A Photograph Is Worth A Thousand Vocabulary Words
When first grade students at MacGregor Elementary School walk into a classroom and instantly ask, “Are we writing in our portfolios today?” it is one indication that high expectations can create surprising results. It also provides a clue about why their reading scores are on the rise. Their teacher, Tracy McMartin, a NEA Foundation Student Achievement grantee admits, “In 21 years of teaching, I have never seen kids so motivated to write.”
The inspiration for the innovative classroom project that initiated these impressive results was McMartin’s fascination with photography. An amateur enthusiast with no formal training, she was able to convey her love for taking pictures and create much more than a passing interest among her students.
Their curiosity about her camera made her wonder how her students would respond if they were given hands-on experience with cameras of their own. Upon receiving the NEA Foundation grant that enabled her to purchase cameras, McMartin and her students were rewarded with an all-encompassing learning experience. Students embraced the exercise like ducklings to water, laying to rest any initial concerns about putting technology into young hands. “Not only did the 15 cameras survive,” she said, “the best thing is that the durable Canon cameras can be used for the rest of my teaching career.”
Digital cameras make it possible for anyone to point, shoot and produce great pictures. But there’s more to photography than just clicking away with a digital camera, and these are things that are learned only when you take the time and make the effort to learn photography fundamentals.
First graders were challenged with assignments in science that included seasonal change and buoyancy, math that included shapes and perspectives, and self-discovery that included friendships, community, and personal observations. The formal name of the program, Photography as a Focused and Reflective Learning Tool, is much more than a label. Developed by McMartin with assistance from Kathy Pounders, the program jump started the creative instincts of first grade students who used photography to document their experiences.
From the moment the NEA Foundation grant check arrived, the teachers and students celebrated by involving students in the decision-making process on equipment and by ramping up the curriculum. The first class of 29 students had the unique opportunity to use the cameras to document their learning by producing an end-of-year photographic portfolio. Coincidentally, most of McMartin’s students are from disadvantaged families. McMartin describes the arrival of the cameras in simple terms, “suddenly the students felt validated and important.” McMartin adds, “Children used photographs in authentic ways, to construct meaning and to learn to trust themselves and their learning.”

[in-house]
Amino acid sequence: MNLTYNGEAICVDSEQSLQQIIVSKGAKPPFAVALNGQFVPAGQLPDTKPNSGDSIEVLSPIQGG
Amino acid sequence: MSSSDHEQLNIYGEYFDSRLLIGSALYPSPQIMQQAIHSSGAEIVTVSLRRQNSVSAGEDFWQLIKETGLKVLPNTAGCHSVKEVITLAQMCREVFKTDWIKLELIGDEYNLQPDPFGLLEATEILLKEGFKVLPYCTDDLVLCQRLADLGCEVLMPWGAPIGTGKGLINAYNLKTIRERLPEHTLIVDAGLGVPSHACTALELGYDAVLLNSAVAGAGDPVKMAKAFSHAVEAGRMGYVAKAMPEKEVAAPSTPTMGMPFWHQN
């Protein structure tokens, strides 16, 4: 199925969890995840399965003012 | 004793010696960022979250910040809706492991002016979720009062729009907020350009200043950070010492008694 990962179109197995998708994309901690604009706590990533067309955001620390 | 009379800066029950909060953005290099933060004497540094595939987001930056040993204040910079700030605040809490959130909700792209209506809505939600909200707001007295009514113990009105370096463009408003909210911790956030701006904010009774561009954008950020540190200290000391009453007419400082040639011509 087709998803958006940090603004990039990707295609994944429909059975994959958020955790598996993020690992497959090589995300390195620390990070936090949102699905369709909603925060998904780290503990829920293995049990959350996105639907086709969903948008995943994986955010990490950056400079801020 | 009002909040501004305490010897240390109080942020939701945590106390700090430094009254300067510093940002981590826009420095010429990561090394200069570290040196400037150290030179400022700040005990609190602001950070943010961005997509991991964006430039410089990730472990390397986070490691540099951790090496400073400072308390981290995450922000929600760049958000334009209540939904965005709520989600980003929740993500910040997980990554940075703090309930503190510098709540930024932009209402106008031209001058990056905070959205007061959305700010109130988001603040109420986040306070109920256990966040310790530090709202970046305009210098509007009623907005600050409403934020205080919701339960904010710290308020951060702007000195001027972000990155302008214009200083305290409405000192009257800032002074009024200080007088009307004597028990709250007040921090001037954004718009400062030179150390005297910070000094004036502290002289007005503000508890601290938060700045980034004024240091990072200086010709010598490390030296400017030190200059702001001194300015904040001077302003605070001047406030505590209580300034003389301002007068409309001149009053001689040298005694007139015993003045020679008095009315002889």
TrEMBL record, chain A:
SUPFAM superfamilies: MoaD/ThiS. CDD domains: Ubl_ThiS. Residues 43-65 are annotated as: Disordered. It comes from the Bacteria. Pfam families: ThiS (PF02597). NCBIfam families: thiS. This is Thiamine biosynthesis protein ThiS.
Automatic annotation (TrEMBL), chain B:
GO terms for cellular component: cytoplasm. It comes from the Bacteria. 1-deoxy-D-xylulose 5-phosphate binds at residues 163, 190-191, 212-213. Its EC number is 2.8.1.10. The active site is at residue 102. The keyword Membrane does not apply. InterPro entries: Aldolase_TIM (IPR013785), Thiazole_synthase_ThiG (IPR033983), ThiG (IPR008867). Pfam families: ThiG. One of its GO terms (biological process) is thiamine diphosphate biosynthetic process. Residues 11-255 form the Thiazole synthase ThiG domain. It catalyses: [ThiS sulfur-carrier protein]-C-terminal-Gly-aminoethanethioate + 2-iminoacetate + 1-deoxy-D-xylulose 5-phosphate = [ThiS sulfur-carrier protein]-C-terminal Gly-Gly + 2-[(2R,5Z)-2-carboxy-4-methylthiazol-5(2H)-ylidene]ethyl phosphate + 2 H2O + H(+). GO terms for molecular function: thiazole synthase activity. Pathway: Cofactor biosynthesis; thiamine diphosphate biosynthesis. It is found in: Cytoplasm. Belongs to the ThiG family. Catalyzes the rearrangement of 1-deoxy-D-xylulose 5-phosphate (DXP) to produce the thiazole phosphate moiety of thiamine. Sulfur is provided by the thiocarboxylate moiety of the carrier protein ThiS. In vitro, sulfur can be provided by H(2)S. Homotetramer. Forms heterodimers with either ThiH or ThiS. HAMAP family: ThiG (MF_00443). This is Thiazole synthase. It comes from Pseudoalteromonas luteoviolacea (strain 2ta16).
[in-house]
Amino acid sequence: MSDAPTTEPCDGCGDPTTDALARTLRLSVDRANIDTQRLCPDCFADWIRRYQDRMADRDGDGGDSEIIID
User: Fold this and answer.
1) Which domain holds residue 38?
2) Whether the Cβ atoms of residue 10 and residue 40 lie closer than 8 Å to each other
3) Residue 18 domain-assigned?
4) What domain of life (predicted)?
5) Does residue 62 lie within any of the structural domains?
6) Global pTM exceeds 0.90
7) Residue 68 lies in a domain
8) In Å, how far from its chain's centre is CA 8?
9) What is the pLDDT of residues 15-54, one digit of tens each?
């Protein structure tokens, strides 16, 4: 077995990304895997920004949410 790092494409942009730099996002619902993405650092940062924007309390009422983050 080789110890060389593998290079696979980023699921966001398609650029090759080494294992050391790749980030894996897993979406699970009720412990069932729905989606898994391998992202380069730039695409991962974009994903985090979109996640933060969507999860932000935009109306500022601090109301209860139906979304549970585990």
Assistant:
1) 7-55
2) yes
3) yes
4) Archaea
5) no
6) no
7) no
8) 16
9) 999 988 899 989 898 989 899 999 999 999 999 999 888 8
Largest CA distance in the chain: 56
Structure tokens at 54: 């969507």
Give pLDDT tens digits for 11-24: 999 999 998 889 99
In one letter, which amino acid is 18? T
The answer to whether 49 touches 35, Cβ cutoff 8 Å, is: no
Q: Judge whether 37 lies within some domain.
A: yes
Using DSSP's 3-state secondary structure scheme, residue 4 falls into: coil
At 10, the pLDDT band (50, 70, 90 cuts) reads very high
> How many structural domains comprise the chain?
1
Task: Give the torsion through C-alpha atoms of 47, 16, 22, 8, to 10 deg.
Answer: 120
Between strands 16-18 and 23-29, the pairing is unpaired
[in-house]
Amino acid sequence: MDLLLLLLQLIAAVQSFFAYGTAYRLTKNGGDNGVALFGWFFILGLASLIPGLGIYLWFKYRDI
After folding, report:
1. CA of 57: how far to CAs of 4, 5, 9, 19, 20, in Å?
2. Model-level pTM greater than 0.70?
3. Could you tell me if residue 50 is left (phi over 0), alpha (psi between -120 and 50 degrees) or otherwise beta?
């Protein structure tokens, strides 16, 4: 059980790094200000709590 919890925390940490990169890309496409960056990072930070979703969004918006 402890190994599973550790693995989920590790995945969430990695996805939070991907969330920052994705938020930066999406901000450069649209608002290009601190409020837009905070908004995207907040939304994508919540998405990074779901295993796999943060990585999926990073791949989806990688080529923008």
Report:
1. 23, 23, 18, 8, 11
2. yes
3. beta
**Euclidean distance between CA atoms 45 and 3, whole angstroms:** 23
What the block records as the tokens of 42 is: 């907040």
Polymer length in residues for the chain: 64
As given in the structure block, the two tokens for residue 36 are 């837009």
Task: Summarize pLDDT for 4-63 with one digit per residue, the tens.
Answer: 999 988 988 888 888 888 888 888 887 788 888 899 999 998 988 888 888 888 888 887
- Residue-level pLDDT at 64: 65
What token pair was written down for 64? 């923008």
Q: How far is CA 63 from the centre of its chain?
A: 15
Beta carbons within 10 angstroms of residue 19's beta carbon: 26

Part of the project asked the children to document their every day realities. Each was assigned a “photography buddy,” captured images of their peers, and created a narrative component to fully express their experiences with words to compliment the documentary-style photography. By the end of the year, each student had accumulated a library of 600-700 photographs that were saved to a DVD and shared via a digital photography web account on SmugMug.
The most significant by-product of the school year was the increase in writing proficiency. Motivation was high as students produced detailed stories and wanted to document their findings via personal portfolios.In the process they learned the value of decision making and being self-critical. During a critique one student might exclaim, “Oh my, that is a terrible picture” or “what do I need to do to make it better?” The students’ primary concern was to put their best effort on display.
After viewing the creative output of the first graders, teachers from MacGregor Elementary had to be corrected that the work was not that of adults. The same teachers who expressed concerns about camera safety were suddenly interested. “The whole school knew and wanted to apply the program school wide,” McMartin said. "The original 15 cameras are still in use and they are used all the time. Our children wanted cameras for Christmas. They just want to know that someone cares.”
The most important benefit of the program, McMartin concluded, was self-awareness and knowledge that the project provided and that will help students for the rest of their lives. “As students embrace their own experiences they are also building self-esteem.”